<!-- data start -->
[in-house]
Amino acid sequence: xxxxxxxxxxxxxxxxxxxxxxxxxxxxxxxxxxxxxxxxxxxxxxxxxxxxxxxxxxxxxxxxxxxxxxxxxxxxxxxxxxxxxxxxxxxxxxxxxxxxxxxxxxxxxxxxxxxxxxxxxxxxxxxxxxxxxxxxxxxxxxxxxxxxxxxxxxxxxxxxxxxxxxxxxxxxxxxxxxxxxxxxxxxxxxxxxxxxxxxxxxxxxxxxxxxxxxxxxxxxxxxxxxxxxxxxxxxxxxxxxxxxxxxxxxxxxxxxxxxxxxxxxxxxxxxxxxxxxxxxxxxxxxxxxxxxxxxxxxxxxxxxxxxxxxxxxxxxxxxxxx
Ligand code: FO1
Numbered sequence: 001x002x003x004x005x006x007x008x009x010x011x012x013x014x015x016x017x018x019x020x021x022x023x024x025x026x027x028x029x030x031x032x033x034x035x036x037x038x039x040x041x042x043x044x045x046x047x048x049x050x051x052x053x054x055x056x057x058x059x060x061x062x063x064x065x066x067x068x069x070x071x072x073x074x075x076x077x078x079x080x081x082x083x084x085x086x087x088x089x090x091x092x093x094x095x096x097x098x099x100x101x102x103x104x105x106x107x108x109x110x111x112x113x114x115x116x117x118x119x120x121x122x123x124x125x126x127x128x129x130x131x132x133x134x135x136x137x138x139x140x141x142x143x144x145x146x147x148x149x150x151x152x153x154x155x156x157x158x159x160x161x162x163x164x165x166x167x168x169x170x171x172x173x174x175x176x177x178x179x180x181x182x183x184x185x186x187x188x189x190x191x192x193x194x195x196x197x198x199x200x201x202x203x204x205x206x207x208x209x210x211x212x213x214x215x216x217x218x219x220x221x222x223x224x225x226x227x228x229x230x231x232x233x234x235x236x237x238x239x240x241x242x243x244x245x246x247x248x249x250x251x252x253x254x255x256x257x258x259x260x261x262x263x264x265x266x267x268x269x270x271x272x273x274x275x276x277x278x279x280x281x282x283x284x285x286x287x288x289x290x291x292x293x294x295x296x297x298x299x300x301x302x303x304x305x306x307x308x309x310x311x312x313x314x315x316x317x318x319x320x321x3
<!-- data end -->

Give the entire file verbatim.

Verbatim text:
[in-house]
Amino acid sequence: xxxxxxxxxxxxxxxxxxxxxxxxxxxxxxxxxxxxxxxxxxxxxxxxxxxxxxxxxxxxxxxxxxxxxxxxxxxxxxxxxxxxxxxxxxxxxxxxxxxxxxxxxxxxxxxxxxxxxxxxxxxxxxxxxxxxxxxxxxxxxxxxxxxxxxxxxxxxxxxxxxxxxxxxxxxxxxxxxxxxxxxxxxxxxxxxxxxxxxxxxxxxxxxxxxxxxxxxxxxxxxxxxxxxxxxxxxxxxxxxxxxxxxxxxxxxxxxxxxxxxxxxxxxxxxxxxxxxxxxxxxxxxxxxxxxxxxxxxxxxxxxxxxxxxxxxxxxxxxxxxx
Ligand code: FO1
Numbered sequence: 001x002x003x004x005x006x007x008x009x010x011x012x013x014x015x016x017x018x019x020x021x022x023x024x025x026x027x028x029x030x031x032x033x034x035x036x037x038x039x040x041x042x043x044x045x046x047x048x049x050x051x052x053x054x055x056x057x058x059x060x061x062x063x064x065x066x067x068x069x070x071x072x073x074x075x076x077x078x079x080x081x082x083x084x085x086x087x088x089x090x091x092x093x094x095x096x097x098x099x100x101x102x103x104x105x106x107x108x109x110x111x112x113x114x115x116x117x118x119x120x121x122x123x124x125x126x127x128x129x130x131x132x133x134x135x136x137x138x139x140x141x142x143x144x145x146x147x148x149x150x151x152x153x154x155x156x157x158x159x160x161x162x163x164x165x166x167x168x169x170x171x172x173x174x175x176x177x178x179x180x181x182x183x184x185x186x187x188x189x190x191x192x193x194x195x196x197x198x199x200x201x202x203x204x205x206x207x208x209x210x211x212x213x214x215x216x217x218x219x220x221x222x223x224x225x226x227x228x229x230x231x232x233x234x235x236x237x238x239x240x241x242x243x244x245x246x247x248x249x250x251x252x253x254x255x256x257x258x259x260x261x262x263x264x265x266x267x268x269x270x271x272x273x274x275x276x277x278x279x280x281x282x283x284x285x286x287x288x289x290x291x292x293x294x295x296x297x298x299x300x301x302x303x304x305x306x307x308x309x310x311x312x313x314x315x316x317x318x319x320x321x3